Honda Pilot P0420 (Meaning, Causes, & Fixing) of 2024

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If you own a Honda Pilot and have encountered the dreaded Honda Pilot P0420 error code, you’re not alone.

Understanding what this code signifies and how to address it is crucial for maintaining the performance and longevity of your vehicle.

Honda Pilot P0420


The Honda Pilot is a popular SUV known for its reliability and versatility, making it a favorite among families and adventurers alike.

However, like any vehicle, the Pilot is not immune to mechanical issues, one of which is the P0420 code.

What is the P0420 Code?

The P0420 code indicates a problem with the catalytic converter in your Honda Pilot. The catalytic converter plays a vital role in reducing harmful emissions by converting toxic gases into less harmful substances.

When the onboard diagnostics system detects that the catalytic converter is not functioning properly, it triggers the P0420 code.

Common Causes of the P0420 Code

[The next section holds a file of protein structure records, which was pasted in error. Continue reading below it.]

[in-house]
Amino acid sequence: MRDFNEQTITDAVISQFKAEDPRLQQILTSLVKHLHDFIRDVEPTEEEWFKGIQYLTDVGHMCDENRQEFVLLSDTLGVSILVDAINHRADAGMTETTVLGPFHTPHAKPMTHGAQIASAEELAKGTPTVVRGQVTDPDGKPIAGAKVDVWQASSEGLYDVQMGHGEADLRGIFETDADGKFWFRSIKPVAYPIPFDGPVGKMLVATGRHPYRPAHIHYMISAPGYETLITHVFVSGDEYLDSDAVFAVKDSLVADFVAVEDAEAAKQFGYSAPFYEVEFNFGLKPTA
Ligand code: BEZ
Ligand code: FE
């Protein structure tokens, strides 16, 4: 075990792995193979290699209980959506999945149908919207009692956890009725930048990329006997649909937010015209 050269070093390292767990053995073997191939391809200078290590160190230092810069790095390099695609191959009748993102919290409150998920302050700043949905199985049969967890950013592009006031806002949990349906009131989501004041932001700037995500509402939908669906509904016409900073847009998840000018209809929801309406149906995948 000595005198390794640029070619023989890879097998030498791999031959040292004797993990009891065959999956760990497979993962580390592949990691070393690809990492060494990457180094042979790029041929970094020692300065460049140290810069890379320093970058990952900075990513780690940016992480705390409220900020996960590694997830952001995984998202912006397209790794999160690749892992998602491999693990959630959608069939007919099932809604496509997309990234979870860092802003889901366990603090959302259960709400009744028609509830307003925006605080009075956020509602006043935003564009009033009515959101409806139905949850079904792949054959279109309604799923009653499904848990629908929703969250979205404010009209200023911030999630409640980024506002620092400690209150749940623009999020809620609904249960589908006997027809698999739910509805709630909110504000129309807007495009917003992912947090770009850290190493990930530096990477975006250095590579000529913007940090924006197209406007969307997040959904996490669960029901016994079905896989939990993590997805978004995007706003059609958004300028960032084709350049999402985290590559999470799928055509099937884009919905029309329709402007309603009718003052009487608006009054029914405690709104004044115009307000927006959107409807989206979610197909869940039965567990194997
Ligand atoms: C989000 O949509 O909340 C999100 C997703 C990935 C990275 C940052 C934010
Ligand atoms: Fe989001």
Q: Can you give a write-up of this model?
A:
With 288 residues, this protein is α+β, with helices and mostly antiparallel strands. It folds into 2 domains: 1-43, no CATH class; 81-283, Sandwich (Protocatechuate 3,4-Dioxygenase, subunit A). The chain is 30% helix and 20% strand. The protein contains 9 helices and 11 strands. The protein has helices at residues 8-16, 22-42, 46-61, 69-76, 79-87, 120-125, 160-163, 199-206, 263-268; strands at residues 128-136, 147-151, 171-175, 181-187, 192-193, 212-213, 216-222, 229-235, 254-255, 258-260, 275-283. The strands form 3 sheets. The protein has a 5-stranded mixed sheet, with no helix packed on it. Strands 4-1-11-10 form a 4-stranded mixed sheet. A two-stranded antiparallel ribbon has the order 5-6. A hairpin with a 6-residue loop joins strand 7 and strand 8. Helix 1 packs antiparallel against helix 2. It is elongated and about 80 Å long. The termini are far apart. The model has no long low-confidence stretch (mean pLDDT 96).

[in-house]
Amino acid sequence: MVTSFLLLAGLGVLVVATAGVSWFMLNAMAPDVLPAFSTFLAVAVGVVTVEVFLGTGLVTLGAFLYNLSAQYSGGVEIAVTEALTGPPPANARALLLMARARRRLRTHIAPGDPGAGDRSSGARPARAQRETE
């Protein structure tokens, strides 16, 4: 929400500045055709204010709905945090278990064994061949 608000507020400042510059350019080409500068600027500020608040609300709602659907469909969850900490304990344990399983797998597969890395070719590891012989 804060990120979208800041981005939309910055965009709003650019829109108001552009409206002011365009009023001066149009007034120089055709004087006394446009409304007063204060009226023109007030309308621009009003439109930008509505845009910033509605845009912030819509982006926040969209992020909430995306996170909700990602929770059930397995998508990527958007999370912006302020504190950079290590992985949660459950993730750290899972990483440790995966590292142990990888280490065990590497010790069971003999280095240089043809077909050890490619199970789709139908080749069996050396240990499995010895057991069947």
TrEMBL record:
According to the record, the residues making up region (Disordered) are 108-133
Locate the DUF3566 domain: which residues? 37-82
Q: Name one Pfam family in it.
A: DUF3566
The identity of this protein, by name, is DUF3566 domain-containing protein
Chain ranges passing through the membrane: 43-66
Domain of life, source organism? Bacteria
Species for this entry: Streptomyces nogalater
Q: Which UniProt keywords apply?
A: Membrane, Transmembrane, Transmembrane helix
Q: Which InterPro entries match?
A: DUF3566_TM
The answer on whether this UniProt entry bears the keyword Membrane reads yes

Several factors can contribute to the triggering of the P0420 code in a Honda Pilot. These include:

  1. Catalytic Converter Failure: Over time, the catalytic converter may become clogged or damaged, leading to inefficient operation.
  2. Oxygen Sensor Issues: Malfunctioning oxygen sensors can provide inaccurate readings to the vehicle’s computer, triggering the P0420 code.
  3. Exhaust Leaks: Leaks in the exhaust system can allow unburned fuel to enter the catalytic converter, causing it to overheat and fail.

Symptoms of a P0420 Code

Detecting the P0420 code early is essential for preventing further damage to your Honda Pilot. Some common symptoms associated with this code include:

  • Check Engine Light: The most obvious indicator of a P0420 code is the illumination of the check engine light on the dashboard.
  • Decreased Fuel Efficiency: A failing catalytic converter can lead to decreased fuel efficiency as the engine struggles to burn fuel efficiently.
  • Reduced Engine Performance: You may notice a decrease in overall engine performance, including sluggish acceleration and rough idling.

Diagnostic Process for the P0420 Code

Diagnosing the P0420 code typically involves a series of steps to pinpoint the exact cause of the issue. A mechanic may perform the following tests: